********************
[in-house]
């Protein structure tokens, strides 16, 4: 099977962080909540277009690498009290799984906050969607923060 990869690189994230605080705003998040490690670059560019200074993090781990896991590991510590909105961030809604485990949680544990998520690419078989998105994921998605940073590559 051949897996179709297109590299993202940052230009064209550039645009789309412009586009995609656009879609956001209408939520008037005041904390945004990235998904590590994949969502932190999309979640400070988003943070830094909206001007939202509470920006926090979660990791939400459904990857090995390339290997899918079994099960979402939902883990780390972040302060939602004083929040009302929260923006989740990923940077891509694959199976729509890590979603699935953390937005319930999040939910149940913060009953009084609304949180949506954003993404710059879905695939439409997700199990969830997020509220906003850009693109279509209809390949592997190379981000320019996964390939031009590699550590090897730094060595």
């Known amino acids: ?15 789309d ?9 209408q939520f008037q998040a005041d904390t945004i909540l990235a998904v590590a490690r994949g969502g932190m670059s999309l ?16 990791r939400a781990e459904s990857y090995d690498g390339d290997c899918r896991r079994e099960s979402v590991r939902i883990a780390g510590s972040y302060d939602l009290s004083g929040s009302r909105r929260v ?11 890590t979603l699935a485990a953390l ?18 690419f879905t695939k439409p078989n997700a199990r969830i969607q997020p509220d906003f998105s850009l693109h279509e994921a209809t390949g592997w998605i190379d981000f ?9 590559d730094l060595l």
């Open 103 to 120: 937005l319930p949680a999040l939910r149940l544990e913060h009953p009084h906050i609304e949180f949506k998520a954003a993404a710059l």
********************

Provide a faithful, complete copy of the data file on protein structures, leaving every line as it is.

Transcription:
[in-house]
């Protein structure tokens, strides 16, 4: 099977962080909540277009690498009290799984906050969607923060 990869690189994230605080705003998040490690670059560019200074993090781990896991590991510590909105961030809604485990949680544990998520690419078989998105994921998605940073590559 051949897996179709297109590299993202940052230009064209550039645009789309412009586009995609656009879609956001209408939520008037005041904390945004990235998904590590994949969502932190999309979640400070988003943070830094909206001007939202509470920006926090979660990791939400459904990857090995390339290997899918079994099960979402939902883990780390972040302060939602004083929040009302929260923006989740990923940077891509694959199976729509890590979603699935953390937005319930999040939910149940913060009953009084609304949180949506954003993404710059879905695939439409997700199990969830997020509220906003850009693109279509209809390949592997190379981000320019996964390939031009590699550590090897730094060595």
């Known amino acids: ?15 789309d ?9 209408q939520f008037q998040a005041d904390t945004i909540l990235a998904v590590a490690r994949g969502g932190m670059s999309l ?16 990791r939400a781990e459904s990857y090995d690498g390339d290997c899918r896991r079994e099960s979402v590991r939902i883990a780390g510590s972040y302060d939602l009290s004083g929040s009302r909105r929260v ?11 890590t979603l699935a485990a953390l ?18 690419f879905t695939k439409p078989n997700a199990r969830i969607q997020p509220d906003f998105s850009l693109h279509e994921a209809t390949g592997w998605i190379d981000f ?9 590559d730094l060595l």
């Open 103 to 120: 937005l319930p949680a999040l939910r149940l544990e913060h009953p009084h906050i609304e949180f949506k998520a954003a993404a710059l």